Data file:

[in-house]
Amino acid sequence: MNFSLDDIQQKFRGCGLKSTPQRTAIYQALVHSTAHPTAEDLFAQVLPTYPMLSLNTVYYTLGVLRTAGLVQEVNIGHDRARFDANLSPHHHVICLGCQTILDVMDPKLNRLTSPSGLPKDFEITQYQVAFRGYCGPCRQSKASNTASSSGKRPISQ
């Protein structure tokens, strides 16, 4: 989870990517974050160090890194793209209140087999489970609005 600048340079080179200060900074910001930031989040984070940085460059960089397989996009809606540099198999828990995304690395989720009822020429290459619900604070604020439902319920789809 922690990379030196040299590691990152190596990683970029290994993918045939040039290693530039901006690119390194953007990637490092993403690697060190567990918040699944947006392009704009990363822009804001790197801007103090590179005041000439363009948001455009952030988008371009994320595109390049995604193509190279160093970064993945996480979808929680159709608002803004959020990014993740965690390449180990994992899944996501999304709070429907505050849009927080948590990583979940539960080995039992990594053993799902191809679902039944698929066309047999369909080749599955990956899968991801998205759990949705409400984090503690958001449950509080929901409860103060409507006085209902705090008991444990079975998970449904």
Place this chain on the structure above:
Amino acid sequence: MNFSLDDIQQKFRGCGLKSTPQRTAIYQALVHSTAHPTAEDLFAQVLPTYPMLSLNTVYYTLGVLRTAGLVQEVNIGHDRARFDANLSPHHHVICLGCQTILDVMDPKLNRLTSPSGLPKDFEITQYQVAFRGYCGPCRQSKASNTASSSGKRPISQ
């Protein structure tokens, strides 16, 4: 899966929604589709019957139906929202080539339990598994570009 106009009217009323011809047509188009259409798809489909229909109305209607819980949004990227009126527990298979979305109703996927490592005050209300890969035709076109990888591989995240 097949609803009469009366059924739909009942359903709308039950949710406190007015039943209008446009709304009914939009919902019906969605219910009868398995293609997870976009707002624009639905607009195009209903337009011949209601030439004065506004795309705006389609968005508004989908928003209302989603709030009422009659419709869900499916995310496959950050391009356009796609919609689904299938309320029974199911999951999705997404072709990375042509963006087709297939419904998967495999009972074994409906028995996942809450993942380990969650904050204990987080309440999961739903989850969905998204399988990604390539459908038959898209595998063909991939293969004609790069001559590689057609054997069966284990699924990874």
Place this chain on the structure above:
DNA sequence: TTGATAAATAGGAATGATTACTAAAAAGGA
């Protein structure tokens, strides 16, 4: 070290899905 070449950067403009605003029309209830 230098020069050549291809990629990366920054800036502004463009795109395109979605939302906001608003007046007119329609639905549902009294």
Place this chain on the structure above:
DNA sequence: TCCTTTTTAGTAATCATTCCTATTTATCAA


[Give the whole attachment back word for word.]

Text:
[in-house]
Amino acid sequence: MNFSLDDIQQKFRGCGLKSTPQRTAIYQALVHSTAHPTAEDLFAQVLPTYPMLSLNTVYYTLGVLRTAGLVQEVNIGHDRARFDANLSPHHHVICLGCQTILDVMDPKLNRLTSPSGLPKDFEITQYQVAFRGYCGPCRQSKASNTASSSGKRPISQ
């Protein structure tokens, strides 16, 4: 989870990517974050160090890194793209209140087999489970609005 600048340079080179200060900074910001930031989040984070940085460059960089397989996009809606540099198999828990995304690395989720009822020429290459619900604070604020439902319920789809 922690990379030196040299590691990152190596990683970029290994993918045939040039290693530039901006690119390194953007990637490092993403690697060190567990918040699944947006392009704009990363822009804001790197801007103090590179005041000439363009948001455009952030988008371009994320595109390049995604193509190279160093970064993945996480979808929680159709608002803004959020990014993740965690390449180990994992899944996501999304709070429907505050849009927080948590990583979940539960080995039992990594053993799902191809679902039944698929066309047999369909080749599955990956899968991801998205759990949705409400984090503690958001449950509080929901409860103060409507006085209902705090008991444990079975998970449904």
Place this chain on the structure above:
Amino acid sequence: MNFSLDDIQQKFRGCGLKSTPQRTAIYQALVHSTAHPTAEDLFAQVLPTYPMLSLNTVYYTLGVLRTAGLVQEVNIGHDRARFDANLSPHHHVICLGCQTILDVMDPKLNRLTSPSGLPKDFEITQYQVAFRGYCGPCRQSKASNTASSSGKRPISQ
């Protein structure tokens, strides 16, 4: 899966929604589709019957139906929202080539339990598994570009 106009009217009323011809047509188009259409798809489909229909109305209607819980949004990227009126527990298979979305109703996927490592005050209300890969035709076109990888591989995240 097949609803009469009366059924739909009942359903709308039950949710406190007015039943209008446009709304009914939009919902019906969605219910009868398995293609997870976009707002624009639905607009195009209903337009011949209601030439004065506004795309705006389609968005508004989908928003209302989603709030009422009659419709869900499916995310496959950050391009356009796609919609689904299938309320029974199911999951999705997404072709990375042509963006087709297939419904998967495999009972074994409906028995996942809450993942380990969650904050204990987080309440999961739903989850969905998204399988990604390539459908038959898209595998063909991939293969004609790069001559590689057609054997069966284990699924990874």
Place this chain on the structure above:
DNA sequence: TTGATAAATAGGAATGATTACTAAAAAGGA
């Protein structure tokens, strides 16, 4: 070290899905 070449950067403009605003029309209830 230098020069050549291809990629990366920054800036502004463009795109395109979605939302906001608003007046007119329609639905549902009294």
Place this chain on the structure above:
DNA sequence: TCCTTTTTAGTAATCATTCCTATTTATCAA